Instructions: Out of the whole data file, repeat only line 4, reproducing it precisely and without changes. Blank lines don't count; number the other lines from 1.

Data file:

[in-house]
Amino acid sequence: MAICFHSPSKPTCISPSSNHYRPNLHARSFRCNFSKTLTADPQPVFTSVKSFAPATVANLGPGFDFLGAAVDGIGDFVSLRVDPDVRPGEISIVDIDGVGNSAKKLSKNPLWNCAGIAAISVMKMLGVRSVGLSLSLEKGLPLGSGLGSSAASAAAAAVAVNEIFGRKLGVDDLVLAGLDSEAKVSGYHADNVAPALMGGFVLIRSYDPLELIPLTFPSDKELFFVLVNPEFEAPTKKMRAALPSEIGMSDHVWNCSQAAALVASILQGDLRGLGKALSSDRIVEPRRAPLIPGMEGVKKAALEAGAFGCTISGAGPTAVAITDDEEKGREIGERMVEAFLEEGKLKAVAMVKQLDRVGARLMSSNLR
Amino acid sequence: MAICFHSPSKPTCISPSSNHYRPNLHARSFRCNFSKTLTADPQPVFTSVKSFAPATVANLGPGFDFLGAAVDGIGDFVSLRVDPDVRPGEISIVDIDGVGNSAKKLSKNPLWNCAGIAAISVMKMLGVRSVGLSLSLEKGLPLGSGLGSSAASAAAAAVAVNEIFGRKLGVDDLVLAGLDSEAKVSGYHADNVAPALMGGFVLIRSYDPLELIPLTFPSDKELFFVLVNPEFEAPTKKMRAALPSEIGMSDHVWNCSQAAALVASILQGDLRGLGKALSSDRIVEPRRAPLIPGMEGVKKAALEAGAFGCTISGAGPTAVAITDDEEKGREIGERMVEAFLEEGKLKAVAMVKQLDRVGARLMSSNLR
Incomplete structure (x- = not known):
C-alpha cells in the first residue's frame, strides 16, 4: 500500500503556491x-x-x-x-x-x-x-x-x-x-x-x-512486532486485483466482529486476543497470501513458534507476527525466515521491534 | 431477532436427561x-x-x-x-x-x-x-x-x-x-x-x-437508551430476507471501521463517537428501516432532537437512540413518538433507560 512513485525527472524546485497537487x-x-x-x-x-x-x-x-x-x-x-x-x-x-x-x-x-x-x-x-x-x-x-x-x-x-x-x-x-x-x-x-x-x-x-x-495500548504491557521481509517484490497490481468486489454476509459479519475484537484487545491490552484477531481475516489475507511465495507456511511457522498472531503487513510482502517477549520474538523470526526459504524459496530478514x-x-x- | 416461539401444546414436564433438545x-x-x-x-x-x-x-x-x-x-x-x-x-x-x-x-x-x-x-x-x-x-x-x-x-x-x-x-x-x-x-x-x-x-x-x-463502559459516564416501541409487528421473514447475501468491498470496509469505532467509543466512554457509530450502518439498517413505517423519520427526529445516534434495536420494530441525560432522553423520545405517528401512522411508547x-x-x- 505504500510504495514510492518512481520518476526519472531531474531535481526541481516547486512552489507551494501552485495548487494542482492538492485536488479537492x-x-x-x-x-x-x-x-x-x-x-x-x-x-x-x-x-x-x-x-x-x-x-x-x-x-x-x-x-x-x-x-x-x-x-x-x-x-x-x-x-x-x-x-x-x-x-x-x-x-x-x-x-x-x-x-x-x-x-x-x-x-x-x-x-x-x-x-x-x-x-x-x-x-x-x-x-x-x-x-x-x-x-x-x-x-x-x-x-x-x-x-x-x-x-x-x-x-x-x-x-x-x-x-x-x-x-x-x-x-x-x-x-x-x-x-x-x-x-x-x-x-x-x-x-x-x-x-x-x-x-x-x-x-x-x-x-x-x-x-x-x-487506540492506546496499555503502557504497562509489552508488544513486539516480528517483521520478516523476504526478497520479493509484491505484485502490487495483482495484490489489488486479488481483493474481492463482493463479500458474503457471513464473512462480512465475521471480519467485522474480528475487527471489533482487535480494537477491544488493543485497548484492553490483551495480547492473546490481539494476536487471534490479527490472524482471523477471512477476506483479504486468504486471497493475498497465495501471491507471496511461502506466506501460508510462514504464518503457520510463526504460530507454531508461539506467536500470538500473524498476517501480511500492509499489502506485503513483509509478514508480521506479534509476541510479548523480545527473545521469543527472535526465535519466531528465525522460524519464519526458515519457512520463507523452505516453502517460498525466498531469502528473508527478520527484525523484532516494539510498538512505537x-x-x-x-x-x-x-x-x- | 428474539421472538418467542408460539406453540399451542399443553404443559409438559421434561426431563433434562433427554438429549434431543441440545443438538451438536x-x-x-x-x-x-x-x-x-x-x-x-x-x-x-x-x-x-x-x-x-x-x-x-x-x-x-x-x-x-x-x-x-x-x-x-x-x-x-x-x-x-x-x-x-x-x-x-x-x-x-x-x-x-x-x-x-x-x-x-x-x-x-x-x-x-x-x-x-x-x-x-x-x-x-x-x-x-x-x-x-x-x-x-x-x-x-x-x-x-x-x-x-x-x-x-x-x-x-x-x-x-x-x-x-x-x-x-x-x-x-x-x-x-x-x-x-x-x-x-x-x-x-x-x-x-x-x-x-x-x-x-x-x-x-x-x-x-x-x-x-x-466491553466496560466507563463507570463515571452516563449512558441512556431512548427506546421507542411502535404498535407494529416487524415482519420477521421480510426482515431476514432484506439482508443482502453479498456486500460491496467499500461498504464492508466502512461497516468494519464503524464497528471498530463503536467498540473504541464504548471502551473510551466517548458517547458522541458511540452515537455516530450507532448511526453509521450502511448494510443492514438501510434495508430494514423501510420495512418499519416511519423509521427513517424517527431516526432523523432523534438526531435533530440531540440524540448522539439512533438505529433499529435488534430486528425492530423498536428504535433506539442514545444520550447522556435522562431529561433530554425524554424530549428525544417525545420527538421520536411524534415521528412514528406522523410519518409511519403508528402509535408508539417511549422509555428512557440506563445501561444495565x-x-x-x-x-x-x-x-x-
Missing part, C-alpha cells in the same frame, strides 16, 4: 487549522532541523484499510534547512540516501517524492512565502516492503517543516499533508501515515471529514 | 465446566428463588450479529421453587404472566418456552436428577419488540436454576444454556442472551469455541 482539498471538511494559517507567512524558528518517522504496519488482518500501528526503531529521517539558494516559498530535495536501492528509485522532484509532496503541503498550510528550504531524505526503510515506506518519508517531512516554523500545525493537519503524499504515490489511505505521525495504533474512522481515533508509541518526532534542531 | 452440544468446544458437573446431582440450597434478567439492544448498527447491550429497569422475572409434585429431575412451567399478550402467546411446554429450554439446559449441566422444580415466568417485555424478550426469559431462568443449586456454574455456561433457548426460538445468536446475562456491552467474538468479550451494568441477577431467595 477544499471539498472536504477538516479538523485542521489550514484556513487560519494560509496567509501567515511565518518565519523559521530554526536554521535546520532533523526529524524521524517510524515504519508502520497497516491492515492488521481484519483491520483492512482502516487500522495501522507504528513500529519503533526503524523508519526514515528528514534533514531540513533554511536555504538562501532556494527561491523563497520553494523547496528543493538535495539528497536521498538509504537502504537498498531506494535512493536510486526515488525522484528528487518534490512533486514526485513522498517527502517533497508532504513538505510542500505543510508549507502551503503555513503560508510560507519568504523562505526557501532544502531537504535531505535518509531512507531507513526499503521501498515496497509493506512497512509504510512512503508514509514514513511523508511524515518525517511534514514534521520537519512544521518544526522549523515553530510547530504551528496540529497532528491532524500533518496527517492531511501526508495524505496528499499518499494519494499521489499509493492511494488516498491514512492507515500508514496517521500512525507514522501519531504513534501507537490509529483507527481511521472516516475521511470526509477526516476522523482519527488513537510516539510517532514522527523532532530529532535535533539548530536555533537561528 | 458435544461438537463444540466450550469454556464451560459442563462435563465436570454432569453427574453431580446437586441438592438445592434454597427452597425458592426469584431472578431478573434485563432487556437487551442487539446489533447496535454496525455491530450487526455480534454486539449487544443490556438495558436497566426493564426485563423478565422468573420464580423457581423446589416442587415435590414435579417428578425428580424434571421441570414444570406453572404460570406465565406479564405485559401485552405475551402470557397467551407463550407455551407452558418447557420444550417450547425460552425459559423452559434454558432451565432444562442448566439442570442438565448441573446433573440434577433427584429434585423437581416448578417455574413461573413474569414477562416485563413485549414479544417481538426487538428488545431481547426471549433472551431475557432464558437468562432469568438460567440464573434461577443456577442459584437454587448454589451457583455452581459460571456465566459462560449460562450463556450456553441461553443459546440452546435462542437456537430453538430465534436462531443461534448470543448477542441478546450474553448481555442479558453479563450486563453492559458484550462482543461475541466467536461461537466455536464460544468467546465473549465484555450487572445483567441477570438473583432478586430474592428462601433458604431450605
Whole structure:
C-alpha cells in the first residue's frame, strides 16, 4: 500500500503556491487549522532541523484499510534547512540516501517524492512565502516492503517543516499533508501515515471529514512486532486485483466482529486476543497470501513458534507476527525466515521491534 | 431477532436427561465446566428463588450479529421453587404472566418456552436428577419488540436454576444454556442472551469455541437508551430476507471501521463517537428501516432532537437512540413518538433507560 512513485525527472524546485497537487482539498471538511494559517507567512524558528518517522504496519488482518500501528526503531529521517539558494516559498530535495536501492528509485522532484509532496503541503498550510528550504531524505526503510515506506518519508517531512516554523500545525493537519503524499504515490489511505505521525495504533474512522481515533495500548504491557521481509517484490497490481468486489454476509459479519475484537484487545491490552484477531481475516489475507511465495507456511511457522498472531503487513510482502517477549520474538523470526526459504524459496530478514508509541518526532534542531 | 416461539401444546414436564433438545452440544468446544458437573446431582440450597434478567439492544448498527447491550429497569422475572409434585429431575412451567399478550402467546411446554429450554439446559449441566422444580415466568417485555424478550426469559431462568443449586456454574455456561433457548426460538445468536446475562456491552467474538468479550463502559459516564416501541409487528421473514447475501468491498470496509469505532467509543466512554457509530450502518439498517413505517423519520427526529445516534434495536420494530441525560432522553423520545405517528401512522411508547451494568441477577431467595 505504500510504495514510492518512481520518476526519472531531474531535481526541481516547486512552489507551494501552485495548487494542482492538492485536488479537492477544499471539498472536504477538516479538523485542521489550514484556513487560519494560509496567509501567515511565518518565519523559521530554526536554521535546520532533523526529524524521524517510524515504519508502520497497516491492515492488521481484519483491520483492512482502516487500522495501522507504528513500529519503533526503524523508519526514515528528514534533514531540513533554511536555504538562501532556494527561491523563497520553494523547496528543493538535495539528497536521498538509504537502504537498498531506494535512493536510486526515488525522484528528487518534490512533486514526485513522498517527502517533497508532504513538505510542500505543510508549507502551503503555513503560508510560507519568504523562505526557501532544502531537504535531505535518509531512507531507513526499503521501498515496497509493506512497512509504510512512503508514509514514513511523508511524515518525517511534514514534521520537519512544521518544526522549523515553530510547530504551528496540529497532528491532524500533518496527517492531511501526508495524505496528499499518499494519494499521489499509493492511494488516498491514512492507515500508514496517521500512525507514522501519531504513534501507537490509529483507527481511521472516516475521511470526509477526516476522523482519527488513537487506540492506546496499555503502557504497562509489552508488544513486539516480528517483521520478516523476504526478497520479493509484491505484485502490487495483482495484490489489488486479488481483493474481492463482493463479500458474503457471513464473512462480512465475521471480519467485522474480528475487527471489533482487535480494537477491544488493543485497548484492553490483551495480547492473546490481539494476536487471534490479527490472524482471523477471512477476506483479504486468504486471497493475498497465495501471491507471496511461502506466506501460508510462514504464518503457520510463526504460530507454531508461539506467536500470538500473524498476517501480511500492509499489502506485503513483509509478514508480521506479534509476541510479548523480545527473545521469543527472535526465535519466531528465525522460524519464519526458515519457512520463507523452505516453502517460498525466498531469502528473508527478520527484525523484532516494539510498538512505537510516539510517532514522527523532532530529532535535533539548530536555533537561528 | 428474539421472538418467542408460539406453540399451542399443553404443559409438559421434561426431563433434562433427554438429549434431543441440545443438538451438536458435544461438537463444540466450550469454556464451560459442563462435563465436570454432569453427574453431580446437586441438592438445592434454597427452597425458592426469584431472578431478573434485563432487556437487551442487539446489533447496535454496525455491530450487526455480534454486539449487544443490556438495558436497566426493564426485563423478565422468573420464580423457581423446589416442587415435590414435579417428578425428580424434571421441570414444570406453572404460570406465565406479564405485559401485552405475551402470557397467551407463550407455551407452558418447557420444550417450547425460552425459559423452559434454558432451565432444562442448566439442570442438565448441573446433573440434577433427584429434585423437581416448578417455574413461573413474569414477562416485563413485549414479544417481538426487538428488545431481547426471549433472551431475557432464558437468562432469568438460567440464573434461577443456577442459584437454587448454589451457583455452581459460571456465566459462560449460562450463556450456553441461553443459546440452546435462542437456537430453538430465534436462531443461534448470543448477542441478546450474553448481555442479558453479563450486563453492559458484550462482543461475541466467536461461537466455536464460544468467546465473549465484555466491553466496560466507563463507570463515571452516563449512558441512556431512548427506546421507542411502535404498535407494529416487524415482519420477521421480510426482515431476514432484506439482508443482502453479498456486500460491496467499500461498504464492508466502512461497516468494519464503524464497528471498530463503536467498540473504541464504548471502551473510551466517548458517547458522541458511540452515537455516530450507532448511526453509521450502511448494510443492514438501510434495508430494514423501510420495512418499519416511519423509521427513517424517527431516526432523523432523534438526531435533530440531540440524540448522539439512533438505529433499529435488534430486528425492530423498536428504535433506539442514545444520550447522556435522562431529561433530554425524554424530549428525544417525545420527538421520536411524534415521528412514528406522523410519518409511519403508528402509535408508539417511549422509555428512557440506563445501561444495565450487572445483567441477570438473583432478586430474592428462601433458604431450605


Incomplete structure (x- = not known):